Emperor Aleodor, Aleodor Imparat, is a Romanian folktale gathered by Romanian folklorist and writer Petre Ispirescu in 1875 and translated into English in 19th by historian and linguist Robert Nisbet Bain.
Although rooted in the rich imagination of Romanian people, Emperor Aleodor follows the classical structure of a fairy tale. It begins with “once upon a time” and the events follow a certain order, while real characters, desires and circumstances blend with fantastic ones. The folktale ends on an optimistic note, with the main character learning a few valuable lessons, making new (unexpected) friends and defeating the villain.
I did very little to change Nisbet Bain’s skillful translation. I liked his choice of early modern English, I thought it gives Emperor Aleodor a charming old-fashioned patina. Petre Ispirescu wrote Aleodor Imparat in modern Romanian language, but, you see, for us, Romanians, having grown up with this story, it already speaks of childhood memories and of once upon a time.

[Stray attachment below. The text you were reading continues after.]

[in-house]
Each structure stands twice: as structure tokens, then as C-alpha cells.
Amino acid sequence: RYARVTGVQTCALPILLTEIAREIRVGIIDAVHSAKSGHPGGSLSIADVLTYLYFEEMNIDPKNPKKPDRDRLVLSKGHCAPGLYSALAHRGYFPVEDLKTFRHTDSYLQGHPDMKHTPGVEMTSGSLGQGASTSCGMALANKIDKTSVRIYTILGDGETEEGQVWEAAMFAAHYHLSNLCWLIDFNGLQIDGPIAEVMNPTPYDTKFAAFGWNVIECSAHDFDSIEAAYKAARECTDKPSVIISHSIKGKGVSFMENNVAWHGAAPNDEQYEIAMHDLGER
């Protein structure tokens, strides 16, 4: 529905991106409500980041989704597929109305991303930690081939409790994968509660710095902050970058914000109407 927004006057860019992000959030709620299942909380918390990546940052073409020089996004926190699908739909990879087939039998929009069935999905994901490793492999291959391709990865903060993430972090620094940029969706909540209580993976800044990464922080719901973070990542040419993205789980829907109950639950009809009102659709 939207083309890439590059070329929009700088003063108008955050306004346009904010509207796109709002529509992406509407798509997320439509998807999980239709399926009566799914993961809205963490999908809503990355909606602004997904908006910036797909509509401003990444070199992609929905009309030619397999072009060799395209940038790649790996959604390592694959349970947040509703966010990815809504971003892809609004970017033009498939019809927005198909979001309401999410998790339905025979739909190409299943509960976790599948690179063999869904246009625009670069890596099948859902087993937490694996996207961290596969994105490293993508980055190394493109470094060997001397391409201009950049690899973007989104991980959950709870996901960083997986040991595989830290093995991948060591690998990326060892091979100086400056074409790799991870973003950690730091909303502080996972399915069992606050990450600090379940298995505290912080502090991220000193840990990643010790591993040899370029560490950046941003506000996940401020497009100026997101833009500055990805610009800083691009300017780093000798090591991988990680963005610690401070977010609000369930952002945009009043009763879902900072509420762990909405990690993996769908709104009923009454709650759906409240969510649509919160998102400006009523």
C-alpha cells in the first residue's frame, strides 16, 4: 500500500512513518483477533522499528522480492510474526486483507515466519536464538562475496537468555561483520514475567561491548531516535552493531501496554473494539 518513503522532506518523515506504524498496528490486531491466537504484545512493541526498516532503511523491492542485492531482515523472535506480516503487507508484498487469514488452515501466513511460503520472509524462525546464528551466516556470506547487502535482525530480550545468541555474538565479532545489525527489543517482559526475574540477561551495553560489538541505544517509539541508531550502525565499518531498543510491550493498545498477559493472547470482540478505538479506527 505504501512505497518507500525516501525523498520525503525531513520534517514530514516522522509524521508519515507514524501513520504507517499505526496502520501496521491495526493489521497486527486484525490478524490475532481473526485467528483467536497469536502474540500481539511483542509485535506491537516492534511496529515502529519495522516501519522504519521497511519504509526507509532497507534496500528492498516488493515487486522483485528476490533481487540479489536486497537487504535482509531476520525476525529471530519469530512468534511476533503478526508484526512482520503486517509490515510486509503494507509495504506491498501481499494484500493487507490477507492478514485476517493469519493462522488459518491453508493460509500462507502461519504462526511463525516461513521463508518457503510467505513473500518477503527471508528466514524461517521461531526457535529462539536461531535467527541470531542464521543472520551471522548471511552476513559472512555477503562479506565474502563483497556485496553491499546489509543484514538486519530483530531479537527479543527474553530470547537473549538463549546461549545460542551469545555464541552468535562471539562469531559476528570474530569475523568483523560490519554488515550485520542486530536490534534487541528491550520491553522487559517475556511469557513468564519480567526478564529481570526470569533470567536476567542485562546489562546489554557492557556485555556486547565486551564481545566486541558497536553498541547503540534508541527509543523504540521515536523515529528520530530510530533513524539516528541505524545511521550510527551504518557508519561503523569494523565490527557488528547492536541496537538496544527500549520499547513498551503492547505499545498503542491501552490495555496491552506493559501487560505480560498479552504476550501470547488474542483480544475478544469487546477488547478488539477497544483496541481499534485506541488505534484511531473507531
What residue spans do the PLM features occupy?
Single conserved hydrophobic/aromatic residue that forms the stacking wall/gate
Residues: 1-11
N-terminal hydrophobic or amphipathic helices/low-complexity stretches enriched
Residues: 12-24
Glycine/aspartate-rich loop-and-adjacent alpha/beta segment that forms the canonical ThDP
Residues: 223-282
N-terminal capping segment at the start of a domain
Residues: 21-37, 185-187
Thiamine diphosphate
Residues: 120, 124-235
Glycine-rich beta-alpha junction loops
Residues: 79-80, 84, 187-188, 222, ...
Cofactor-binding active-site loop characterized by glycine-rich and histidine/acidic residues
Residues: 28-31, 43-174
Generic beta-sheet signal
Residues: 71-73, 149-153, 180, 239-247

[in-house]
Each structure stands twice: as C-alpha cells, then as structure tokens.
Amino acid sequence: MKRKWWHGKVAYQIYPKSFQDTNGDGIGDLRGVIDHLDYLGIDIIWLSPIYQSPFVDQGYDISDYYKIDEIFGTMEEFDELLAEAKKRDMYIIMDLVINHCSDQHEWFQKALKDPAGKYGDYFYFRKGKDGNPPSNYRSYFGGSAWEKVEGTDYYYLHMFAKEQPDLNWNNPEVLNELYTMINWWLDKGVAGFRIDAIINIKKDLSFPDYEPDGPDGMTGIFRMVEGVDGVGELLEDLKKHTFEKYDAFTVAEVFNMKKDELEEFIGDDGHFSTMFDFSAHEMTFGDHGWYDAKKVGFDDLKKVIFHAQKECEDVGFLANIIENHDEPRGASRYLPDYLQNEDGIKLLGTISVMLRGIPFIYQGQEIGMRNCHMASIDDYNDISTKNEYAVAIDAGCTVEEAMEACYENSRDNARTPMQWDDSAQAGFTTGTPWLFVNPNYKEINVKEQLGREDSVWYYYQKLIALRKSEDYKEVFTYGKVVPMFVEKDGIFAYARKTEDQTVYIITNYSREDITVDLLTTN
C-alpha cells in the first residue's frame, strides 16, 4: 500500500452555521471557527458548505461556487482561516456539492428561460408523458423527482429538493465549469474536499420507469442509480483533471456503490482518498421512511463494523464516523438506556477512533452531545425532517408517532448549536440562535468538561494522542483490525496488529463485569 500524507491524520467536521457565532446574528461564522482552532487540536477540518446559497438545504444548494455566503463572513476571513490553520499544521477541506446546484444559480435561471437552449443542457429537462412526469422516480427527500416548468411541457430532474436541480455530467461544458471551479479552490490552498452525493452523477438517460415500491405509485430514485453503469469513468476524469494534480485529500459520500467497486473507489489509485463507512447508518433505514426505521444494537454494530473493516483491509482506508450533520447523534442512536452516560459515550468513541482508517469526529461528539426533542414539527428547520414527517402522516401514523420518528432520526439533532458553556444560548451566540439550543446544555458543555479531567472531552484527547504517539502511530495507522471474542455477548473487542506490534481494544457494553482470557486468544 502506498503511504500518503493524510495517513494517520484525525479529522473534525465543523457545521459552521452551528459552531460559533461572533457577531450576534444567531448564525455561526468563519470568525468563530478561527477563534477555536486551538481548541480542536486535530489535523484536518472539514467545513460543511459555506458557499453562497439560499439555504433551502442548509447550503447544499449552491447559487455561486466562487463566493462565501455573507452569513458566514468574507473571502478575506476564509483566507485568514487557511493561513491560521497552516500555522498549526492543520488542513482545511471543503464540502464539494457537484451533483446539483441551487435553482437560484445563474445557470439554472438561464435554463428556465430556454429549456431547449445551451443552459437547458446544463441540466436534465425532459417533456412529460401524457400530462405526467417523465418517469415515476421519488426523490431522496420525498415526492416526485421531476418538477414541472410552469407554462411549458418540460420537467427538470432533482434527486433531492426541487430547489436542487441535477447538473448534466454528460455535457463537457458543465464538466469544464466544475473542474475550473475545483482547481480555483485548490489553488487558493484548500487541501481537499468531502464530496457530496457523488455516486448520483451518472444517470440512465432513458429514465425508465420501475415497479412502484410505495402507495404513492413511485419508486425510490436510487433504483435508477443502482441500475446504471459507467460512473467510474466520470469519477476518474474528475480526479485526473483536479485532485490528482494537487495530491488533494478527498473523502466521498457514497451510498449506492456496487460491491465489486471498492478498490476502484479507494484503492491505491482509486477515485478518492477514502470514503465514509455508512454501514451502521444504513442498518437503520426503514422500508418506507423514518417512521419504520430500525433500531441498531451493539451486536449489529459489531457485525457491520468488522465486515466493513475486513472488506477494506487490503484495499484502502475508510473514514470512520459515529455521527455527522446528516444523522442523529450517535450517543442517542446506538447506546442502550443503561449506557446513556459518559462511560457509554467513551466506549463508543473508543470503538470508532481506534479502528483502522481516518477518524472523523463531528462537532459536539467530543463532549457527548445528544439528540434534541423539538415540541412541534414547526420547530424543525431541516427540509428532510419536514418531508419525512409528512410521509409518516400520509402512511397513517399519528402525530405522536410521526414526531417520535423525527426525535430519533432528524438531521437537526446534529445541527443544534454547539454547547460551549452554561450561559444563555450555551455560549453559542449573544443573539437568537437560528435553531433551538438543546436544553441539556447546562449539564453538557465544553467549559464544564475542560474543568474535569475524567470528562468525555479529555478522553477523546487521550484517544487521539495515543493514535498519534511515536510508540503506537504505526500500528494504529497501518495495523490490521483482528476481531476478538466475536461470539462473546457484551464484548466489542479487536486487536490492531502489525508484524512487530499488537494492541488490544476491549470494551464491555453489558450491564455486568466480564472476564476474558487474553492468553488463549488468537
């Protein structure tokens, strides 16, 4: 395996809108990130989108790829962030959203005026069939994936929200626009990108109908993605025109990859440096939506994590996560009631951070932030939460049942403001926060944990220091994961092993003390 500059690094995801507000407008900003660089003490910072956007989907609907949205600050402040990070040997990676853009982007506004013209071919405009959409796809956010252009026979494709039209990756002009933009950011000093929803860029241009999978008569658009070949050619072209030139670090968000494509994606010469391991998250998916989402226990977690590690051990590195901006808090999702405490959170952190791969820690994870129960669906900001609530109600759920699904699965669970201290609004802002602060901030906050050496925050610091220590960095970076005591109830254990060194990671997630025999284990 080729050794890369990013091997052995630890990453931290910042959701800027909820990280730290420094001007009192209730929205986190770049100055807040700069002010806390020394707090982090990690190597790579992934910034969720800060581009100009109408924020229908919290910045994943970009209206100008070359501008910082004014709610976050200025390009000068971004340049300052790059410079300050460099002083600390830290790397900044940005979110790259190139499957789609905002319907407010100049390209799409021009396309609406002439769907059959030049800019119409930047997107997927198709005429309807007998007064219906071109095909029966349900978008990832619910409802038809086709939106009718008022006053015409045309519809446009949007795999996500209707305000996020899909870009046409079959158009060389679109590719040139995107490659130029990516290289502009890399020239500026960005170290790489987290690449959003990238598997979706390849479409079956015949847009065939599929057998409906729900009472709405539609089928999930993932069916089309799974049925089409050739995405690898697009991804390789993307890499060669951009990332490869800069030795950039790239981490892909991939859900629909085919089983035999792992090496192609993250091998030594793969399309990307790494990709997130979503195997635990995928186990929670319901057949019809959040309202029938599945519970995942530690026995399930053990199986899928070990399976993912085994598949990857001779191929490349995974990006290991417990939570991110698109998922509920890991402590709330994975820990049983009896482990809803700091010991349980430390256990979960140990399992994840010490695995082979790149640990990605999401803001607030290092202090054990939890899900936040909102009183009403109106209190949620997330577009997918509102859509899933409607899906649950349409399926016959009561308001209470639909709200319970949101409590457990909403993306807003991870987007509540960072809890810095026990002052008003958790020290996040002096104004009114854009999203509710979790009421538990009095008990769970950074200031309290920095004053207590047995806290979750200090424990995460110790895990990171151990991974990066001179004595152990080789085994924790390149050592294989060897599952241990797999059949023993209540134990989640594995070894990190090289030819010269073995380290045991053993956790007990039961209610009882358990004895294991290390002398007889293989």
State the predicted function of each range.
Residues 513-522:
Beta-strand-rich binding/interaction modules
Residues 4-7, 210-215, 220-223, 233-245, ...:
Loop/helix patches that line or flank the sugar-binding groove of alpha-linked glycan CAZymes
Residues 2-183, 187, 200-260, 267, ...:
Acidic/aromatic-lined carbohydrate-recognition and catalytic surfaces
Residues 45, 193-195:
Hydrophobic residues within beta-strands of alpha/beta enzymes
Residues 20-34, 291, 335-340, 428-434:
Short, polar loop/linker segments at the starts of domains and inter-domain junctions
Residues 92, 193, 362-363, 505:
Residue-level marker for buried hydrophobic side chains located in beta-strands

Emperor Aleodor, a Romanian Folktale
Once upon a time, a long, long ago, for if it didn’t happen it couldn’t be told, when the poplars fruited apples and the willow tree sprouted wallflowers; when the bears wrestled one another through the strength of their tails; when wolves and lambs kissed one another; when one would put 99 iron shoes on the flea and then would thrust it into the glory of the sky only to return to Earth and tell us stories; when the fly would write on the wall, a bigger liar being the one who doesn’t believe what he is told… there lived an Emperor whose hair was already white, yet he never proved himself worthy of a son to bless himself with. The poor Emperor would have given anything to have had a little son of his own, even an unattractive one as other men did. But, alas, all his wishes were in vain.
At last, when he reached old age Fortune took pity on him and a darling of a boy was born to him, the like of which the world had never seen before. The Emperor named him Aleodor, and gathered east and west, north and south together to rejoice in his joy at the child’s christening.
The revels lasted three days and three nights, and all the guests who made merry there with the Emperor could think of nothing else for the rest of their lives.